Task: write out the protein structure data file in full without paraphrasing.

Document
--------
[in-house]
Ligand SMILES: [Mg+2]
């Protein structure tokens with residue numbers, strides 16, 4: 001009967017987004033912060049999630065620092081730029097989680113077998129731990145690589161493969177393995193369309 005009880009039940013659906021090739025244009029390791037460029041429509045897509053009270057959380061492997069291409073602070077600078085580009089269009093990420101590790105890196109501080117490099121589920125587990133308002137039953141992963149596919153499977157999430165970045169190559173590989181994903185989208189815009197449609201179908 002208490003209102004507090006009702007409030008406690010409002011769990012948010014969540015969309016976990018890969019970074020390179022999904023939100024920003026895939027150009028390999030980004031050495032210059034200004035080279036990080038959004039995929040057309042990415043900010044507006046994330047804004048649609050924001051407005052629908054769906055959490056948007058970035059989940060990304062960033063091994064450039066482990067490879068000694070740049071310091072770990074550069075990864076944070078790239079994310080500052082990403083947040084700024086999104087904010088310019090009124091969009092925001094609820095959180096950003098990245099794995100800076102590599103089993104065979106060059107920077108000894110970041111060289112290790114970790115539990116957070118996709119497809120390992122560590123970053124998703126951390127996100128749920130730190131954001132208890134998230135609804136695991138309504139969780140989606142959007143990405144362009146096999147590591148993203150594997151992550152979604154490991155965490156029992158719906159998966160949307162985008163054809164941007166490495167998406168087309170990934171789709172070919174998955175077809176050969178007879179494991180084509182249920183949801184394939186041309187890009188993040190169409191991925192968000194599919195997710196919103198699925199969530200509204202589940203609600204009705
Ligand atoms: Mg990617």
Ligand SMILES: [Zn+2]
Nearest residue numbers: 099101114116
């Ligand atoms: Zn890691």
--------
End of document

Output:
[in-house]
Ligand SMILES: [Mg+2]
């Protein structure tokens with residue numbers, strides 16, 4: 001009967017987004033912060049999630065620092081730029097989680113077998129731990145690589161493969177393995193369309 005009880009039940013659906021090739025244009029390791037460029041429509045897509053009270057959380061492997069291409073602070077600078085580009089269009093990420101590790105890196109501080117490099121589920125587990133308002137039953141992963149596919153499977157999430165970045169190559173590989181994903185989208189815009197449609201179908 002208490003209102004507090006009702007409030008406690010409002011769990012948010014969540015969309016976990018890969019970074020390179022999904023939100024920003026895939027150009028390999030980004031050495032210059034200004035080279036990080038959004039995929040057309042990415043900010044507006046994330047804004048649609050924001051407005052629908054769906055959490056948007058970035059989940060990304062960033063091994064450039066482990067490879068000694070740049071310091072770990074550069075990864076944070078790239079994310080500052082990403083947040084700024086999104087904010088310019090009124091969009092925001094609820095959180096950003098990245099794995100800076102590599103089993104065979106060059107920077108000894110970041111060289112290790114970790115539990116957070118996709119497809120390992122560590123970053124998703126951390127996100128749920130730190131954001132208890134998230135609804136695991138309504139969780140989606142959007143990405144362009146096999147590591148993203150594997151992550152979604154490991155965490156029992158719906159998966160949307162985008163054809164941007166490495167998406168087309170990934171789709172070919174998955175077809176050969178007879179494991180084509182249920183949801184394939186041309187890009188993040190169409191991925192968000194599919195997710196919103198699925199969530200509204202589940203609600204009705
Ligand atoms: Mg990617």
Ligand SMILES: [Zn+2]
Nearest residue numbers: 099101114116
């Ligand atoms: Zn890691």